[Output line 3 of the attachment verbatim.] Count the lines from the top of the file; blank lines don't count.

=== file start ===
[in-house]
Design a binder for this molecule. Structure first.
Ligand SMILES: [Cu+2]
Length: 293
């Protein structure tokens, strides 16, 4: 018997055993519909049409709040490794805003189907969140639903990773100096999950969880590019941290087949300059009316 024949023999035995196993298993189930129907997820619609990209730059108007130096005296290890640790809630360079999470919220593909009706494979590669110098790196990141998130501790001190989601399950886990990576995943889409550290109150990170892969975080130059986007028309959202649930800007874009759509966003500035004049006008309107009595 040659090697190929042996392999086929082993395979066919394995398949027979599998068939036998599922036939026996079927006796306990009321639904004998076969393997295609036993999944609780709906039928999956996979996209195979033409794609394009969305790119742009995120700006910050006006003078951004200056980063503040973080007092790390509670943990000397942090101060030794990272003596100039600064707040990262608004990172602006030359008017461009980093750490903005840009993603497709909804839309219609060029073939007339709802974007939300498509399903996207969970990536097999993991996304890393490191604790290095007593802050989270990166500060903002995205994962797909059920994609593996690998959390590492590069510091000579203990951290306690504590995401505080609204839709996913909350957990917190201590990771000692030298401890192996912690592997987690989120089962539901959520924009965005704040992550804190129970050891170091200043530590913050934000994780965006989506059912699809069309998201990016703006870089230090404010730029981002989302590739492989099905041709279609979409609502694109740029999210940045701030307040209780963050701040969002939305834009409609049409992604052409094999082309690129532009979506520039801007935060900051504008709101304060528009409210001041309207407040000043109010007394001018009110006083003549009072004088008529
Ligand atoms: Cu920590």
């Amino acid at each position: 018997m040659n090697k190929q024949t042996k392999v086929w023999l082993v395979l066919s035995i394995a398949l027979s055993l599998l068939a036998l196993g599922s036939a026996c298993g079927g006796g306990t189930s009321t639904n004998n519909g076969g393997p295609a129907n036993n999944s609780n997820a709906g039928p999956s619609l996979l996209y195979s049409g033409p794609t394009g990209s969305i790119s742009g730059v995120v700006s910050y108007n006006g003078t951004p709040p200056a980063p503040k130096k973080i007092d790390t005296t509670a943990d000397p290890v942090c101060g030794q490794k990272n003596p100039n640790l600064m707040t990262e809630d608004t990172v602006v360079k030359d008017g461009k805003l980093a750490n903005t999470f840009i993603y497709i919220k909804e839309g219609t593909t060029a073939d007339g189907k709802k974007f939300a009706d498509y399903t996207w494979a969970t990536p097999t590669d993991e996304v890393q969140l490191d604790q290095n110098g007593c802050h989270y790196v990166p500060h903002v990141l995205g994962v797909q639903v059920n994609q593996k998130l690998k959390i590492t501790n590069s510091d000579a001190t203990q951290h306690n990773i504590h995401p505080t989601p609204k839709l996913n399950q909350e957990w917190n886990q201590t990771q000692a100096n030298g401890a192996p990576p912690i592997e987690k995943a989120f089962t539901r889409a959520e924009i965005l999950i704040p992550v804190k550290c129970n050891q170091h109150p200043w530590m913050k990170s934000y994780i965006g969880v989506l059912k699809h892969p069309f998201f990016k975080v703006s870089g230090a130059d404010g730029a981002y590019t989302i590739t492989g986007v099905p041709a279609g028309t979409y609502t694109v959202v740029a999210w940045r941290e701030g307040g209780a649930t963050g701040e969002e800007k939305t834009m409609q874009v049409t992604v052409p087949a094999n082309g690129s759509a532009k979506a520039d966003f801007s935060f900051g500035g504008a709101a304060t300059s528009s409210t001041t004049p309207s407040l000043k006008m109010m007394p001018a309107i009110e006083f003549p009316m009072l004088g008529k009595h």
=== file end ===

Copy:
Ligand SMILES: [Cu+2]